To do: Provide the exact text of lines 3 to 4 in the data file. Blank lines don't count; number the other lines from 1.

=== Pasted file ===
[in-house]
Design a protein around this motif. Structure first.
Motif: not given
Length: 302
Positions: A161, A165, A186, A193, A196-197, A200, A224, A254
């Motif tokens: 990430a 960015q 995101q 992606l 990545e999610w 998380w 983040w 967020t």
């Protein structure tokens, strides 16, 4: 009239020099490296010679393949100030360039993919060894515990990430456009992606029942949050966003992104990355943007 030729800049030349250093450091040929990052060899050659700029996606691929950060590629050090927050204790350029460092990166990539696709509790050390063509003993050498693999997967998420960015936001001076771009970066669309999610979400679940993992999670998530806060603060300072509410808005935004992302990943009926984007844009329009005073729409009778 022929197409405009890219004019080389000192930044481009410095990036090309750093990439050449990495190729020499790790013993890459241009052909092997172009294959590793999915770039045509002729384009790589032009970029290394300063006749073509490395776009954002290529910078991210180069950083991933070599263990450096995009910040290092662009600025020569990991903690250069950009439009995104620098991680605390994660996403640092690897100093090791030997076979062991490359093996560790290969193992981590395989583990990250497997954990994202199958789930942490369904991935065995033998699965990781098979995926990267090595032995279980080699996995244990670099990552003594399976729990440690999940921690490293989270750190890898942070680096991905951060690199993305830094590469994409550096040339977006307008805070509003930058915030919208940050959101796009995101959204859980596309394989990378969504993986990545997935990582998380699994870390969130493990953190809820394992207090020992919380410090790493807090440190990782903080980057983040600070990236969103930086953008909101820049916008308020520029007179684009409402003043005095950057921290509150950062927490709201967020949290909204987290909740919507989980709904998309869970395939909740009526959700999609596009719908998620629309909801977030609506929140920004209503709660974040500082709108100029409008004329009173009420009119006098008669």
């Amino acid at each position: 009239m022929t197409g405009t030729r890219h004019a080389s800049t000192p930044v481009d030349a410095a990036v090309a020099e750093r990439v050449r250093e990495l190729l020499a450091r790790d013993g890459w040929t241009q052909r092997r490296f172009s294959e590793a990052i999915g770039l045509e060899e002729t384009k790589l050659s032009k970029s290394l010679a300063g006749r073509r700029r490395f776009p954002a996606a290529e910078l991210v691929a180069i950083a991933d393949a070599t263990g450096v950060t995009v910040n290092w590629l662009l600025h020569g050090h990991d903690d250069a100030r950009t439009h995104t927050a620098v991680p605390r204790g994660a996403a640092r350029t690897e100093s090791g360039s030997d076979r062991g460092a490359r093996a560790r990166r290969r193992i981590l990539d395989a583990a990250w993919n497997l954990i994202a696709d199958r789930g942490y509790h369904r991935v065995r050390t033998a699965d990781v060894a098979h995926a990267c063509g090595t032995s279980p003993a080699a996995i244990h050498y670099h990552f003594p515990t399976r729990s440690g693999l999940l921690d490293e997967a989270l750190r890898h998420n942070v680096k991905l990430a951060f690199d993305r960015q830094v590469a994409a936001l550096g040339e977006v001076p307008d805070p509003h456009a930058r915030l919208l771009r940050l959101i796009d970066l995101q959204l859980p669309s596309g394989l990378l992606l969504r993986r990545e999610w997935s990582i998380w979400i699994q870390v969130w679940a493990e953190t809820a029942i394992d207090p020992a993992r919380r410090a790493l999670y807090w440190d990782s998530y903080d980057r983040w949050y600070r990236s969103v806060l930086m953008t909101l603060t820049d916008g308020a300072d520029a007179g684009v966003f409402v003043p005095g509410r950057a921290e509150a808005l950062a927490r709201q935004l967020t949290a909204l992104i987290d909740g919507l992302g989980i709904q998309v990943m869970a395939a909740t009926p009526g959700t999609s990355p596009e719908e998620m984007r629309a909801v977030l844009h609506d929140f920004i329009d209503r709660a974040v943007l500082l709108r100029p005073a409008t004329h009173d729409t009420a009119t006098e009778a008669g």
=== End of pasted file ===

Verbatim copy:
Motif: not given
Length: 302